Phillis in London

Celebrating a tale of creativity and resistance with award-winning playwright, Ade Solanke in conversation with Diane Abbott.

Phillis Wheatley was born in Africa (most likely in Senegal) in 1753 or 1754. When she was about 7 years old, she was kidnapped and brought to Boston, USA. There, in 1761, John Wheatley enslaved her as a personal servant for his wife, Susanna. As was the custom of the time, she was given the Wheatley family’s surname.


Her circumstances allowed her time to learn and, as early as 1765, to write poetry. She came to London in the Summer of 1773 to publish her debut poetry collection. ‘Reflections of Various Subjects, Religious and Moral. The 19-year-old prodigy toured London in June and July, entering the vivid Georgian London world of Africans such as Ignatius Sancho, Ottobah Cuaguano, Dido Bele, Equiano Oluadah, and others. She became the toast of the town, feted by the political and cultural elite.

Phillis’ writings about politics and freedom from colonial oppression (coded arguments for liberation from slavery) made her the Poet Laureate of the American Revolution. Her erudition disproved racist notions about European intellect. After her life-changing London visit, Wheatley secured her freedom.

Join us to celebrate this tale of creativity and resistance with award-winning playwright, Ade Solanke, whose original new play, Phillis in London, dramatises and re-imagines Wheatley’s experience as an African Woman writer abroad in Georgian London, ‘celebrated’ by the elite of the capital of the British empire at the height of the Transatlantic Slave Trade. She’ll be joined by Diane Abbott to explore the landscape of African-Georgian London.


Adeola Solanke is an award-winning playwright and screenwriter, and founder of Spora Stories, telling the stories of the African diaspora. Her plays include her acclaimed debut, Pandora’s Box, which won a Best New Play nomination in London’s Off-West End Theatre Awards. Her play, The Court Must Have a Queen, about Henry V111’s relationship with Tudor African trumpeter, John Blanke, was performed in the Great Hall at Hampton Court Palace.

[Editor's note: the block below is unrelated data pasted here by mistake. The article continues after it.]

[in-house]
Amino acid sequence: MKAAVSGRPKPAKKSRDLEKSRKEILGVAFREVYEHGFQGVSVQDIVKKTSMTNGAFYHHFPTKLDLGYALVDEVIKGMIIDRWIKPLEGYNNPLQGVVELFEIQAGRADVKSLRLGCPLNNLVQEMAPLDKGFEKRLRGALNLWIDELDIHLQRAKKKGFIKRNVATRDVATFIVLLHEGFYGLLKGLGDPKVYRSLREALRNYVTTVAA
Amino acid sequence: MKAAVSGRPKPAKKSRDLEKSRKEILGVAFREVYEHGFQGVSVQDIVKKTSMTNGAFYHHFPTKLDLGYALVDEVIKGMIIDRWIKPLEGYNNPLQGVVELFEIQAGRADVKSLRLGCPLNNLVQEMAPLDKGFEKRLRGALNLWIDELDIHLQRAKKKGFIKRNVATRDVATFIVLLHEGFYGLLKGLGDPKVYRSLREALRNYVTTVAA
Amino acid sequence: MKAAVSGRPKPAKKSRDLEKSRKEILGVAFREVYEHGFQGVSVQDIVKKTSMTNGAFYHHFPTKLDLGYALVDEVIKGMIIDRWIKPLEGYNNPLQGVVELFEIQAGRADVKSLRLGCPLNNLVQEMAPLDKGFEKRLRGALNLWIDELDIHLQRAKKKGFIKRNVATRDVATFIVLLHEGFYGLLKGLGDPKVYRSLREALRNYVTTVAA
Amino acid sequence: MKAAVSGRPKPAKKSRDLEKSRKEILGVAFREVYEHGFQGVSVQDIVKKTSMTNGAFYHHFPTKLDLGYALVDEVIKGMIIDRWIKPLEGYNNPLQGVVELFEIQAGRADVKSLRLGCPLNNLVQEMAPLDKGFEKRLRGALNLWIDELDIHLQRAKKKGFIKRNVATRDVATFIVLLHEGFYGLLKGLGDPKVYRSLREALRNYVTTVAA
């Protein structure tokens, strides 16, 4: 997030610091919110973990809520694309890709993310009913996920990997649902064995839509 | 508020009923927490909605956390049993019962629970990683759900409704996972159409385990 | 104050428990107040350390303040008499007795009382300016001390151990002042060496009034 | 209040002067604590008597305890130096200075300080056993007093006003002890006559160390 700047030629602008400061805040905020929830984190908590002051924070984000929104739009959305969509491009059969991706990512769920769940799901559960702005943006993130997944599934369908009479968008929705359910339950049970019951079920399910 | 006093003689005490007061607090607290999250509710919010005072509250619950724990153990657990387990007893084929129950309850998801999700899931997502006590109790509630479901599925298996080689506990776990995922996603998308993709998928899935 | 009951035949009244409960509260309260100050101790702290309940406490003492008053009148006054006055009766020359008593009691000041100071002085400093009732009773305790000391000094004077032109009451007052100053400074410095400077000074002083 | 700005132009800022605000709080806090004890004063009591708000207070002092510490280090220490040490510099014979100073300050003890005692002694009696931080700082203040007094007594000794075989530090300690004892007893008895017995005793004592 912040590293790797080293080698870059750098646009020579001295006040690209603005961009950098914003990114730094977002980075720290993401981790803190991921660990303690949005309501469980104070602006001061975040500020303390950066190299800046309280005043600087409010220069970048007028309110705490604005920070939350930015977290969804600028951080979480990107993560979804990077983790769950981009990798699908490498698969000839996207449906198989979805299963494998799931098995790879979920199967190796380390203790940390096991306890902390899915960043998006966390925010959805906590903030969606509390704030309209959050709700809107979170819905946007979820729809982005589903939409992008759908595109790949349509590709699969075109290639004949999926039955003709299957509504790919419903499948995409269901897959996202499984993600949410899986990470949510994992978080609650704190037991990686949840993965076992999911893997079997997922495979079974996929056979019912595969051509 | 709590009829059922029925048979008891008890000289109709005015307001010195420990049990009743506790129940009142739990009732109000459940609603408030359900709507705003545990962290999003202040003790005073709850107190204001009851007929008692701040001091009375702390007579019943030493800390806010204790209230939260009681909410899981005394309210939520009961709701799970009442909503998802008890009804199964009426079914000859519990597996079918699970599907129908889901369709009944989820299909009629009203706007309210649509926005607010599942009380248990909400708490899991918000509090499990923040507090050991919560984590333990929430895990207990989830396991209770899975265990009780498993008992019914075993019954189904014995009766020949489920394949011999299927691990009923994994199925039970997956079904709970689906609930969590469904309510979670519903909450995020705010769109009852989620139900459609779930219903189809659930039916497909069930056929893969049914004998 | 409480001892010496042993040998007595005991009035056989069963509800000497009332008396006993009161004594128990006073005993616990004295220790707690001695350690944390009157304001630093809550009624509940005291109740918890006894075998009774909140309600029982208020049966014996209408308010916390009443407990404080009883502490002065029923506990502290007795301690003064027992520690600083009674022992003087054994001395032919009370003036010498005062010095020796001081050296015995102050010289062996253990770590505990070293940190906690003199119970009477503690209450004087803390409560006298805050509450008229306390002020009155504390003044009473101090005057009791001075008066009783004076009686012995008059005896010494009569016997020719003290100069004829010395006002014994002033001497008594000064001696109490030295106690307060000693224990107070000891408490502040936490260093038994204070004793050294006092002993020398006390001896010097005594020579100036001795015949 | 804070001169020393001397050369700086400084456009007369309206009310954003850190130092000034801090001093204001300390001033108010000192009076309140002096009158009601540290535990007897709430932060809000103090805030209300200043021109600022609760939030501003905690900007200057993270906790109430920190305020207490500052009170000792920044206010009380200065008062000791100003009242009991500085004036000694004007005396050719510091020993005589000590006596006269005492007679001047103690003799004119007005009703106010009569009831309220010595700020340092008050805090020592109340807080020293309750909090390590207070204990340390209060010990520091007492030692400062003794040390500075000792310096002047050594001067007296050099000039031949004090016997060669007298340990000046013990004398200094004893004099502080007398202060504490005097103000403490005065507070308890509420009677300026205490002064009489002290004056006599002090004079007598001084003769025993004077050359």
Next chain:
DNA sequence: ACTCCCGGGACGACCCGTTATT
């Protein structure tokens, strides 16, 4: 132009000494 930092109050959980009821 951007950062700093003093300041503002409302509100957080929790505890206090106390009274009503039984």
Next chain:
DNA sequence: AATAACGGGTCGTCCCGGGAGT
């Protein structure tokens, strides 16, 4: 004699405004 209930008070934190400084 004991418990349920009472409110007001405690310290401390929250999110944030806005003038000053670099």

A double Fulbrighter, she was a 22/23 Fulbright All Disciplines Distinguished Scholar at Emerson College, and was formerly a Fulbright Fellow, Phi Beta Kappa International Scholar, and Association of American University Women Scholar at USC.

Adeola has a BA Hons in English Literature from the University of Sheffield, winning its Distinguished Alumni Award in 2016. She’s written for the BBC, The Guardian, The Times Literary Supplement, Art Monthly, The Voice, West Africa Magazine and others. A Hawthornden Fellow, she was also a founding Fellow of the Royal Literary Fund, and its first British Film Institute Writer in Residence. Ade has run playwriting programmes at the Royal Court, Soho and Arcola theatres in London, and taught screenwriting at the University of London, and in Nigeria, Ghana, Zimbabwe. She was a judge for the South African Writers Guild Awards and the UK’s Royal African Society Baobab Film Award. She lectures in dramatic writing internationally.


In 1987 Diane Abbott made history by becoming the first black woman ever elected to the British Parliament. She has since built a distinguished career as a parliamentarian, broadcaster and commentator.

From the outset of her career, Diane has championed global justice, human rights, peace and security issues at home and abroad.

From 2015 to 2019 Diane Abbott was a prominent member of the Labour Party’s front bench, serving as the Shadow International Development Secretary, then Shadow Secretary of State for Health, and finally Shadow Home Secretary from 2016. In the last general election Diane was re-elected as the Member of Parliament for Hackney North and Stoke Newington with a landslide majority.

Date and time: Wed, 20 Sep 2023 19:00 – 20:30 BST

Register for event here

Location: 66 Great Suffolk Street London SE1 0BL